- New larger floodgate to be installed under Lendal Bridge to better protect businesses and roads in the city
- New flood wall being built in Bishopthorpe to reduce flood risk in village
- Preparation work also starting in Marygate area (including Museum Gardens), as well as plans for work on Terry Avenue (by Rowntree Park)
Work is starting this week under Lendal Bridge on Wellington Row to prepare for the installation of a new, larger floodgate and construction has begun on Chantry Lane in Bishopthorpe.
Preparations are also being made for the start of work in the Marygate area and Museum Gardens, as well as on Terry Avenue near Rowntree Park.
The Lendal Bridge floodgate installation is the last stage of the Environment Agency’s work from Ouse Bridge to Scarborough Bridge on the station side, which has included raising defences along North Street Gardens and Memorial Gardens.
This section of the flood scheme better protects 39 homes and businesses from flooding, as well as access roads.
The Bishopthorpe work includes the construction of a 180 metre-long flood wall running along Chantry Lane and the boundary of the palace grounds, incorporating a six metre-deep steel barrier underground; a floodgate across the bottom of Chantry Lane and water flow mechanism.
This reduces the risk of flooding to 117 properties, as well as Main Street, therefore helping to protect access for residents in the south of the village.
Elsewhere in the city, a site compound will be built in Marygate car park from Monday 10 May to facilitate the raising of the flood embankment in the Museum Gardens, as well as increasing the height of the flood walls and gates between Scarborough Bridge and Museum Gardens, including installing glass panels on top of the defences along Earlsborough Terrace.
The work will reduce the risk of flooding to 57 homes and businesses in the Marygate area.
A site compound was established on the playing field in Rowntree Park last month to enable construction work to take place on the Clementhorpe section of the scheme, between Skeldergate Bridge and Millennium Bridge.
Construction on Terry Avenue will include complex underground work, with a 240 metre-long and six metre-deep semi-permeable barrier being installed in order to prevent flood waters seeping through the ground and undermining overground flood defences. This work will require large machinery to be used that requires appropriate safety precautions to be taken.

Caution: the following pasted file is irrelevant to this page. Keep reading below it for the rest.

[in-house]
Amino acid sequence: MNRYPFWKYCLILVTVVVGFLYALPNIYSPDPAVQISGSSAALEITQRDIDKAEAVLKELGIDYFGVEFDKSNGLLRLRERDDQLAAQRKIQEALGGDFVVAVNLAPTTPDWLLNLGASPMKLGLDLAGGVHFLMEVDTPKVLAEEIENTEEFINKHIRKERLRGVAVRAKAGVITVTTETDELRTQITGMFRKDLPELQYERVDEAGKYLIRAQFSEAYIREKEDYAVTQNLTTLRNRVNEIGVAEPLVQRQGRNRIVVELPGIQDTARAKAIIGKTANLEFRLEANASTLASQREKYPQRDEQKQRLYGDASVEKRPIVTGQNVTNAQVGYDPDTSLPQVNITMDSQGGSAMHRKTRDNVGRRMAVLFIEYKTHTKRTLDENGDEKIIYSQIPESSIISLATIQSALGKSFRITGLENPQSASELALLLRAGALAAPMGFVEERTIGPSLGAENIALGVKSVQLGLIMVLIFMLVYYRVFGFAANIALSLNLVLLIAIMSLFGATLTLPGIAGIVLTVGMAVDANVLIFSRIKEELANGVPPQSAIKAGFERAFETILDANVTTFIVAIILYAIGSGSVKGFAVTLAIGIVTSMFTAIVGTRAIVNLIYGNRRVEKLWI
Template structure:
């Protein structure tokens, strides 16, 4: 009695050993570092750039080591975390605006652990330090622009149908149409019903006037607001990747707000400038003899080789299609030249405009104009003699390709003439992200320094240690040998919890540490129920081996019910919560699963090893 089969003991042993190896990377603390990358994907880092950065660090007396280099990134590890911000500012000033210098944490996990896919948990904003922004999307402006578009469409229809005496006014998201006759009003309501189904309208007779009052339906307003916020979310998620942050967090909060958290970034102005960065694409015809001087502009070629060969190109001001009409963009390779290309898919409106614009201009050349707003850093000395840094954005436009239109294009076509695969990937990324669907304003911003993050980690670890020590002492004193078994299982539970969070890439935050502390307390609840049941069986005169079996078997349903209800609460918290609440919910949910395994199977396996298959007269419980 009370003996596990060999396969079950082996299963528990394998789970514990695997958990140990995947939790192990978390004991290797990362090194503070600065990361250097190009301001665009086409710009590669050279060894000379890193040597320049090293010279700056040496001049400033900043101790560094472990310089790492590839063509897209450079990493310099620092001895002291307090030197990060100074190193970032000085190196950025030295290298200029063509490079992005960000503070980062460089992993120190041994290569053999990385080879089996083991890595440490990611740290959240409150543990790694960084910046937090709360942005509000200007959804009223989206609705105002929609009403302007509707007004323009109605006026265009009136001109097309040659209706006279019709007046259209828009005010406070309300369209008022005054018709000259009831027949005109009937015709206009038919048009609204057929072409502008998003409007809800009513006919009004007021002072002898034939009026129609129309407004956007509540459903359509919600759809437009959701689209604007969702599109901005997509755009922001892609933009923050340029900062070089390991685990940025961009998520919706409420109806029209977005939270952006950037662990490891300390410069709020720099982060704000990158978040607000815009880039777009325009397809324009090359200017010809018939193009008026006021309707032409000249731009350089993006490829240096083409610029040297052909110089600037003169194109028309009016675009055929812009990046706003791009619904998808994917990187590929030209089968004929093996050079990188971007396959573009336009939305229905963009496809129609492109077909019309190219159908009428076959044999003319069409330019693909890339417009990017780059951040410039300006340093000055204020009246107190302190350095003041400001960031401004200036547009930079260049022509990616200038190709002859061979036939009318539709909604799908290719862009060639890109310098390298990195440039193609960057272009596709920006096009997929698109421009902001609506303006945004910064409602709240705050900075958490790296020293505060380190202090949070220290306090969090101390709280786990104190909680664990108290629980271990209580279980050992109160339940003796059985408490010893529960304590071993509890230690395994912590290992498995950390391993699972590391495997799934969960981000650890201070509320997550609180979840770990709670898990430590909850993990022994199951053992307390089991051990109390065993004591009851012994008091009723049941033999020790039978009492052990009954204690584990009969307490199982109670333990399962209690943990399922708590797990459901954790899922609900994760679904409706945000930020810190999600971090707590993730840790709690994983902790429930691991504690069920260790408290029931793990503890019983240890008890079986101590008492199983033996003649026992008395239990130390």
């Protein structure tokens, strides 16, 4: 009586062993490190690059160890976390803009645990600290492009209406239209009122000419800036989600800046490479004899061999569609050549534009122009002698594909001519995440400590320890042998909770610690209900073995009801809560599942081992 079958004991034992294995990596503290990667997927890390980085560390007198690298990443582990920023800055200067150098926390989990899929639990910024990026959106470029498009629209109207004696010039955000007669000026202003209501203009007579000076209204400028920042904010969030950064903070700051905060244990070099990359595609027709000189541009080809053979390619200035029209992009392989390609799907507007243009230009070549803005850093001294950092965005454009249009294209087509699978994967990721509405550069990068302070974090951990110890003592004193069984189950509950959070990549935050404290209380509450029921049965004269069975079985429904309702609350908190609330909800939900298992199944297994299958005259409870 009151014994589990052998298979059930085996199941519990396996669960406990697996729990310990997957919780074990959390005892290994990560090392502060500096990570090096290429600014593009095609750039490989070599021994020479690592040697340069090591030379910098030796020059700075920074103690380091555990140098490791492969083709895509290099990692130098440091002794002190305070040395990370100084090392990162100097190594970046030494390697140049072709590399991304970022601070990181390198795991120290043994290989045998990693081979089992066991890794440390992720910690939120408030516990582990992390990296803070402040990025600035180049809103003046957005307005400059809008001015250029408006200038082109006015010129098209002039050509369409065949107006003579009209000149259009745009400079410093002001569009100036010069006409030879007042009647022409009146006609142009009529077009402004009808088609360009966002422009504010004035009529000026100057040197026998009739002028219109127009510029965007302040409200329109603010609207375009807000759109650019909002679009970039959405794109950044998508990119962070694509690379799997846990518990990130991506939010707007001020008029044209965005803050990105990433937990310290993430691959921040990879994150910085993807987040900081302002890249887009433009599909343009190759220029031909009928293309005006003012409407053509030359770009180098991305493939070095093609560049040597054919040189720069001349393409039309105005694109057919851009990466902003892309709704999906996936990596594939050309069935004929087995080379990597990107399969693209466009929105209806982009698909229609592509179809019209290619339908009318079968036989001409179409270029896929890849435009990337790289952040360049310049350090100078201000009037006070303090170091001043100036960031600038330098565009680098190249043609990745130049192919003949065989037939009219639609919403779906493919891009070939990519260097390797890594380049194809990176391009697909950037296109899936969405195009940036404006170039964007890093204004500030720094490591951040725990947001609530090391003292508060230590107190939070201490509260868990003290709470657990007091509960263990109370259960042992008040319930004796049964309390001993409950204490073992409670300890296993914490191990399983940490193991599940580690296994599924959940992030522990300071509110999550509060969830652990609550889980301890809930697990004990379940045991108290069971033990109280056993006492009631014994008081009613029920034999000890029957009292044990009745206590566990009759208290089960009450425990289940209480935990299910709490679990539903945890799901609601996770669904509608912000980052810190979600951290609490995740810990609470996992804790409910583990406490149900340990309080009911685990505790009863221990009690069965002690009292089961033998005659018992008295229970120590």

To ensure the safety of the public, a section of Terry Avenue will be closed from Skeldergate Bridge to just before the entrance to Dukes Wharf. The closure date is yet to be confirmed by the Environment Agency’s contractors but is currently expected to start on Monday 17 May and take 12 months.
Once completed, the Clementhorpe section of the flood scheme will provide improved flood protection to 135 homes and businesses.
The Environment Agency has worked with City of York Council and the community to create suitable diversion routes. The routes were reviewed and approved by an independent road safety auditor, before being submitted to the council for their review and approval.
Ben Hughes, director of the Environment Agency’s York Flood Alleviation Scheme, said:
This is a big month for the York Flood Alleviation Scheme. We’re very pleased that further work is starting to reduce the risk of flood to homes and businesses, as well as infrastructure. It’s great news for the city.
We understand that parts of the work could be inconvenient for some people, including walkers and cyclists who use the riverside route, but the York Flood Alleviation Scheme essential for long-term resilience of the city, which, as we’re all too aware, is prone to flooding.
In total, the Environment Agency is investing £45 million in the York Flood Alleviation Scheme to better protect 2,000 homes and businesses in the city from flooding.